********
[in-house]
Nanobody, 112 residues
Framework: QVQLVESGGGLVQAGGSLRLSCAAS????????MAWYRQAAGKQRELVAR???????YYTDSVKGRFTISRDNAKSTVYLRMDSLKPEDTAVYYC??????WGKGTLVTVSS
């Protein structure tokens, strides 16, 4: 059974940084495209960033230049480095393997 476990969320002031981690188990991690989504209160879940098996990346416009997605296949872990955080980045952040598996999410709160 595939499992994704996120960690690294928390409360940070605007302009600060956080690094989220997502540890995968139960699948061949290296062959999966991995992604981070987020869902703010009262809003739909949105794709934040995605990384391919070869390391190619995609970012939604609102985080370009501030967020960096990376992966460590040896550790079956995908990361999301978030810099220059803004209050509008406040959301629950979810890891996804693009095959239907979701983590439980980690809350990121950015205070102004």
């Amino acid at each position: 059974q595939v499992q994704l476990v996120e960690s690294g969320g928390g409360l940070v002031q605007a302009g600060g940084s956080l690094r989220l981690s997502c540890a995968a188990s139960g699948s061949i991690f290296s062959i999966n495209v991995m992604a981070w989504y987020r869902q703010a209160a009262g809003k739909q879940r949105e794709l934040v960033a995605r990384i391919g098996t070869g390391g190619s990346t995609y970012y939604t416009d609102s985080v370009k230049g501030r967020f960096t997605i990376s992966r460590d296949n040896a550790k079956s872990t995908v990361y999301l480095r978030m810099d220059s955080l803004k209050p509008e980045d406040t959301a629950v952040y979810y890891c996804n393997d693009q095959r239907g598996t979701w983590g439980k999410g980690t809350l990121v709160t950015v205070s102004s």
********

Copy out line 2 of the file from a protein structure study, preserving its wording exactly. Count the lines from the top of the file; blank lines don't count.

Nanobody, 112 residues